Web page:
Financial Development, Entrepreneurship, and Job Satisfaction
September 1, 2010
Review of Economics and Statistics, Forthcoming
This paper shows that utility differences between the self-employed and employees increase with financial development. This effect is not explained by increased profits but by an increased value of non-monetary benefits, in particular job independence. We interpret these findings by building a simple occupational choice model in which financial constraints may impede the creation of firms and depress labor demand, thereby pushing some individuals into self-employment for lack of salaried jobs. In this setting, financial development favors a better matching between individual motivation and occupation, thereby increasing entrepreneurial utility despite increasing competition and so reducing profits.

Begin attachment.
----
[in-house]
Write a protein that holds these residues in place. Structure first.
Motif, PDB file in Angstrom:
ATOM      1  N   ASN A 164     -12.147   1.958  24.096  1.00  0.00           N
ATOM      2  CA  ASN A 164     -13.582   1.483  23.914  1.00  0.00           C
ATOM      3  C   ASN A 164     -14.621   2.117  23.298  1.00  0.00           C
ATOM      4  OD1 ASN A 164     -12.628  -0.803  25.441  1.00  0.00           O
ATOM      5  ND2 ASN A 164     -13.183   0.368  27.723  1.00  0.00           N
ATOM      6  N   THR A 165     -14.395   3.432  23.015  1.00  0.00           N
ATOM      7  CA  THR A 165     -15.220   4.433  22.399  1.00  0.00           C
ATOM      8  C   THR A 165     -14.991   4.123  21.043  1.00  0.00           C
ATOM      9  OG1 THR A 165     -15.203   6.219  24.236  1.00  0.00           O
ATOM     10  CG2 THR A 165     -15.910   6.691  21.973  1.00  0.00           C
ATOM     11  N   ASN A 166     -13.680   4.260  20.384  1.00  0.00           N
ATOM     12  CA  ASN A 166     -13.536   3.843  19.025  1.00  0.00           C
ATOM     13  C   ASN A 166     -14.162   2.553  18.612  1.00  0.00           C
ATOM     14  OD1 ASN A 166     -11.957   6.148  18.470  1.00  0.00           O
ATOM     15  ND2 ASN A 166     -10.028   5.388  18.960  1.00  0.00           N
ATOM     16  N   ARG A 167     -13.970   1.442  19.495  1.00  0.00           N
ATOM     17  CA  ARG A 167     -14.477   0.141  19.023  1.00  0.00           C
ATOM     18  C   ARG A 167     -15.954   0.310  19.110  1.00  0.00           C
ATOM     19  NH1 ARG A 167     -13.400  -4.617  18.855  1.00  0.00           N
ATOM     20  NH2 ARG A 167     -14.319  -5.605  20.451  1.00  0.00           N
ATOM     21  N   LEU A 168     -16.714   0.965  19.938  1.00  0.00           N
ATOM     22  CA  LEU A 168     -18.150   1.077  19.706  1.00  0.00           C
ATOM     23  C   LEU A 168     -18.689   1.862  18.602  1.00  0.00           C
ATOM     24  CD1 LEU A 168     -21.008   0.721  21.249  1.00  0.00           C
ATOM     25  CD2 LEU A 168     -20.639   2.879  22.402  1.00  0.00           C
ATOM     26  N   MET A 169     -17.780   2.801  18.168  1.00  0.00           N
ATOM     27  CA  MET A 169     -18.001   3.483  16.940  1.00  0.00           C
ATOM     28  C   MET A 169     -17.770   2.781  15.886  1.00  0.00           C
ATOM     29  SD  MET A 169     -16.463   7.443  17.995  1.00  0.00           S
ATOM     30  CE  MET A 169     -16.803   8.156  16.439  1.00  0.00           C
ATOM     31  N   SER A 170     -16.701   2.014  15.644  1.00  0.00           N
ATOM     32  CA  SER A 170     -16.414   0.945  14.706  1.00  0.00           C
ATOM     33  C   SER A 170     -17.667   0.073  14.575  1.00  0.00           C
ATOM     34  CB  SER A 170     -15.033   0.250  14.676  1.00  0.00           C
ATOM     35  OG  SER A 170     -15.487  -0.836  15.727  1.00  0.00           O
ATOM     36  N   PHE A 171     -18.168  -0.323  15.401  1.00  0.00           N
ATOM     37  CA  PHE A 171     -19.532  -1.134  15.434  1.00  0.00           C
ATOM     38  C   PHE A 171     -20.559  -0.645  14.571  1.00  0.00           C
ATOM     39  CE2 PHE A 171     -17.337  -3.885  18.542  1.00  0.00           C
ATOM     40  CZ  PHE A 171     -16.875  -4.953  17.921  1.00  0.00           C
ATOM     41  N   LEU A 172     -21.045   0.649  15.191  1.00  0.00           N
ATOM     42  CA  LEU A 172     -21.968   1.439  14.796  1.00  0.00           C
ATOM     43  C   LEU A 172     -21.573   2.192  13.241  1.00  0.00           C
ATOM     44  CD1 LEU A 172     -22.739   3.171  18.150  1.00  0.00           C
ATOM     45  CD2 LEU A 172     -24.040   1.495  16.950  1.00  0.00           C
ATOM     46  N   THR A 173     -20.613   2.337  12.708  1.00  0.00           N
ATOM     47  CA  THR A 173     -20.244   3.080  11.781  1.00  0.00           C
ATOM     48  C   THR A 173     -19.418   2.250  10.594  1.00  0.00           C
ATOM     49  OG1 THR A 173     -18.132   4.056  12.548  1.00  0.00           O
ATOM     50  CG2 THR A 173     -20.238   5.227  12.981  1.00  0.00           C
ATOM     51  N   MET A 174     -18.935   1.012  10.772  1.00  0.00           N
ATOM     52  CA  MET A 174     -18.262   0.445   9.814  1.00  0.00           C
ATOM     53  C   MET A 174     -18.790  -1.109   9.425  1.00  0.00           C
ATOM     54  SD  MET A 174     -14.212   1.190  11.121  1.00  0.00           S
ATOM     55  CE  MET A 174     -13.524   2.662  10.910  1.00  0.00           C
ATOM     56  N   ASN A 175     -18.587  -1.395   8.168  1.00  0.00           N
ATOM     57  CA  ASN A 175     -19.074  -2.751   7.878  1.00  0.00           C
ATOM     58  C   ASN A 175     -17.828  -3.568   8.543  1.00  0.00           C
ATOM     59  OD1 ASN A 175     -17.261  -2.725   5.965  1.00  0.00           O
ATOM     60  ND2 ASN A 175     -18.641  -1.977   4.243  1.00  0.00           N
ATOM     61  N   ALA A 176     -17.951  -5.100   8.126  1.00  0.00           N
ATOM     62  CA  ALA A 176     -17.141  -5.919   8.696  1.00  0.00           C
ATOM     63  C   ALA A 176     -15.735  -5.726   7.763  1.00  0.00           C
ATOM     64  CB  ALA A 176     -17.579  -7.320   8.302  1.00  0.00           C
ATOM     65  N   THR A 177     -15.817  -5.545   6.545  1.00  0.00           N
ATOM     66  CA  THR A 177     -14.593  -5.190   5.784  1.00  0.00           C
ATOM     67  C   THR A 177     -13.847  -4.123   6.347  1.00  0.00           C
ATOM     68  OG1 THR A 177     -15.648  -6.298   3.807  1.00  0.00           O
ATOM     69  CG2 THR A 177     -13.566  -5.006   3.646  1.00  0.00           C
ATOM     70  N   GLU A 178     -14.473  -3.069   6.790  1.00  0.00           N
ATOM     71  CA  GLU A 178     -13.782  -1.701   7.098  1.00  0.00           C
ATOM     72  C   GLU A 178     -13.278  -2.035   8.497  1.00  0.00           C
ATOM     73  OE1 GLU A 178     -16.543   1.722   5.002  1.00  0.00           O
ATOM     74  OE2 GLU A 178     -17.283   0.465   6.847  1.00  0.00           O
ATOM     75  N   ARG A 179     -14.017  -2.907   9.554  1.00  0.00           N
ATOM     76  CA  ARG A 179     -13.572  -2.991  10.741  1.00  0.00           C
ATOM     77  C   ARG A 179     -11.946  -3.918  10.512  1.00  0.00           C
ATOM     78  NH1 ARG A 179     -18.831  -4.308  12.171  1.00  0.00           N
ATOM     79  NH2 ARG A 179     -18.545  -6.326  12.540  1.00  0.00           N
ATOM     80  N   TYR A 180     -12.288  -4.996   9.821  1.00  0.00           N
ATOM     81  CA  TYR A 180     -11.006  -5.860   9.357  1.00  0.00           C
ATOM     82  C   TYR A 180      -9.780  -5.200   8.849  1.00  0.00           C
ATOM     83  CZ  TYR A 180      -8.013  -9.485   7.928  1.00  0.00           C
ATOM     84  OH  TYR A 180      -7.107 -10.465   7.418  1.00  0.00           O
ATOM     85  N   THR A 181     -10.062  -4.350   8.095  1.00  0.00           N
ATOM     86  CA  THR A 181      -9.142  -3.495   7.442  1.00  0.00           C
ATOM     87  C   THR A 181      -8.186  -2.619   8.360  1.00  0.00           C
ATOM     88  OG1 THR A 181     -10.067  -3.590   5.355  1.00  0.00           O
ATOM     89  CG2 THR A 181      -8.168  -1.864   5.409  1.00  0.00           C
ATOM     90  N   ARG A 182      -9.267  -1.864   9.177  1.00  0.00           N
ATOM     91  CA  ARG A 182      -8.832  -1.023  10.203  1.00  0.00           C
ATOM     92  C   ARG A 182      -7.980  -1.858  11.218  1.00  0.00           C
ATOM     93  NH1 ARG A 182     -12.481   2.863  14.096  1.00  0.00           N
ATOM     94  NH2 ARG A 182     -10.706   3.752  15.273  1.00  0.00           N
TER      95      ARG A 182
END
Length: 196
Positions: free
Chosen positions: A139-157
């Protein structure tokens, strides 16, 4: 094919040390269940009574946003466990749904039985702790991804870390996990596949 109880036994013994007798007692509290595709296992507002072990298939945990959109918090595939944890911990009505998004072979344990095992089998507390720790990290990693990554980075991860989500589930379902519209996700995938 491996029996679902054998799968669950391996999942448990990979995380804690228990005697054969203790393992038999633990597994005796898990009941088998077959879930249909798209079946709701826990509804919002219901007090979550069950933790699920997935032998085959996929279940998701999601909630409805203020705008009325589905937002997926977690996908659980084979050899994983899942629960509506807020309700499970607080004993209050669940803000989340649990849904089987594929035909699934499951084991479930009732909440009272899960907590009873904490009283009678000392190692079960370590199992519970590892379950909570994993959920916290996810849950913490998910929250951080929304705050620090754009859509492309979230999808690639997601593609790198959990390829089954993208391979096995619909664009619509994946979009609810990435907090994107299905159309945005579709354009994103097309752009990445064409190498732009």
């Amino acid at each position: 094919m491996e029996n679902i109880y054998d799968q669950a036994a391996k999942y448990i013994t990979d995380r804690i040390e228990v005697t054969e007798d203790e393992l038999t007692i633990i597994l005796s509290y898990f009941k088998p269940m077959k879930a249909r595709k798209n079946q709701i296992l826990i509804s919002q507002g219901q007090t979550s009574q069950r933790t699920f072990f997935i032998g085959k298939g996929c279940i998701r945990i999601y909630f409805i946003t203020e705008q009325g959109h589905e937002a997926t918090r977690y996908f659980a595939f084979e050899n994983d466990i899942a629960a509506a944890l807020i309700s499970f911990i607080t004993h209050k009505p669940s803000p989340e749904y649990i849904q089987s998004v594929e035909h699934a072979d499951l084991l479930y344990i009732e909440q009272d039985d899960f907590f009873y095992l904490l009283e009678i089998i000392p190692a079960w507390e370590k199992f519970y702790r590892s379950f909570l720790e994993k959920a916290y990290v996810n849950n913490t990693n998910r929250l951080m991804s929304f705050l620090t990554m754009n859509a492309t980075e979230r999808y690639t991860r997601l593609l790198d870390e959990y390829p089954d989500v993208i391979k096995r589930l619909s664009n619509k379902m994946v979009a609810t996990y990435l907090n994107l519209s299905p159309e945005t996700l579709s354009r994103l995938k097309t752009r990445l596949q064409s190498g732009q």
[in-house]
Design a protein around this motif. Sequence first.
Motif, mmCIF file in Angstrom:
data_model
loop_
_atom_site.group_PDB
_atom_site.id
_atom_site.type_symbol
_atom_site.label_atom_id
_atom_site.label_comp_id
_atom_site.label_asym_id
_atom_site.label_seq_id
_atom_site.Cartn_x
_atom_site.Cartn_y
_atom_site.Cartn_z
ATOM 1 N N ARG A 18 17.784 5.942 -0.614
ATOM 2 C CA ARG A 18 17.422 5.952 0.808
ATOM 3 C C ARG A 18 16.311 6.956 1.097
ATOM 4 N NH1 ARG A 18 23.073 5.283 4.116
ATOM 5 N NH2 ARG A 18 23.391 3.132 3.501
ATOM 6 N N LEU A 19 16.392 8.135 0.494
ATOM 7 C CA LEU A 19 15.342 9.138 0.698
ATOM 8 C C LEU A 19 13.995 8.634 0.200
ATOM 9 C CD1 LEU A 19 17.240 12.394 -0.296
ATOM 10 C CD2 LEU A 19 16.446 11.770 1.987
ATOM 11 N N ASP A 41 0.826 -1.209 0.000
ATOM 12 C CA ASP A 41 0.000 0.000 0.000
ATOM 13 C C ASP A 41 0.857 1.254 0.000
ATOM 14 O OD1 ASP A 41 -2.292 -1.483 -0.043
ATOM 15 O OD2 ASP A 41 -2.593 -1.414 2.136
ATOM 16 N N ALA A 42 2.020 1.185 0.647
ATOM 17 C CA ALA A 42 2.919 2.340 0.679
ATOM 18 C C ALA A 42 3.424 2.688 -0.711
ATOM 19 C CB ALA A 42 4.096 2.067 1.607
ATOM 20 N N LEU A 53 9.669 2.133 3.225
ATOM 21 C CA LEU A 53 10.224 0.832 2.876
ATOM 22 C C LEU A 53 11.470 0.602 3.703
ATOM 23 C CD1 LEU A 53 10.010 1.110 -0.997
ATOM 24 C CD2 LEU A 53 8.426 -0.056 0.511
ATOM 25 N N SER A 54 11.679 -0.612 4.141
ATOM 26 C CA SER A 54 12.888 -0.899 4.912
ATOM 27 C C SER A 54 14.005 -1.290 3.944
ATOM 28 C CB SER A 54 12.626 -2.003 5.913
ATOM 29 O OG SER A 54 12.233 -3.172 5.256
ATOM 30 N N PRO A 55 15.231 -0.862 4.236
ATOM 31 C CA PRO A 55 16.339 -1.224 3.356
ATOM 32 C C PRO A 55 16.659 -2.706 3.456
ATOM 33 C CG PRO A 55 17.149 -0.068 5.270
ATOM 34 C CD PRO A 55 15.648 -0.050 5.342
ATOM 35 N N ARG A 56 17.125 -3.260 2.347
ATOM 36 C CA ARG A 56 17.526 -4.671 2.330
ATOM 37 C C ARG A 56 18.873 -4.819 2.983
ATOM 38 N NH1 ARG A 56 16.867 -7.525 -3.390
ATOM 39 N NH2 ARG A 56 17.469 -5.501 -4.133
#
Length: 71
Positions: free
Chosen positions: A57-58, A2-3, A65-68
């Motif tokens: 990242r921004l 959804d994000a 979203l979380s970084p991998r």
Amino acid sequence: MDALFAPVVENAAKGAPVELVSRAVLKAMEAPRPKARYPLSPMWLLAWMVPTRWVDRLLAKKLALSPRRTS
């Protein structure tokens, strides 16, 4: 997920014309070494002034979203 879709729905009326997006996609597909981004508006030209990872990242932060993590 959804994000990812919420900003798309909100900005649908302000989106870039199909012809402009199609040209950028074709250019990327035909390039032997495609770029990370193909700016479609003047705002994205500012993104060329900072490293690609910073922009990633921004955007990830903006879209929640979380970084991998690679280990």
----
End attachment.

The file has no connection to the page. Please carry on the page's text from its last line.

Number of Pages in PDF File: 33
Keywords: Financial development, entrepreneurship, job satisfaction
JEL Classification: L26, J20, O16Accepted Paper Series
Date posted: March 14, 2011
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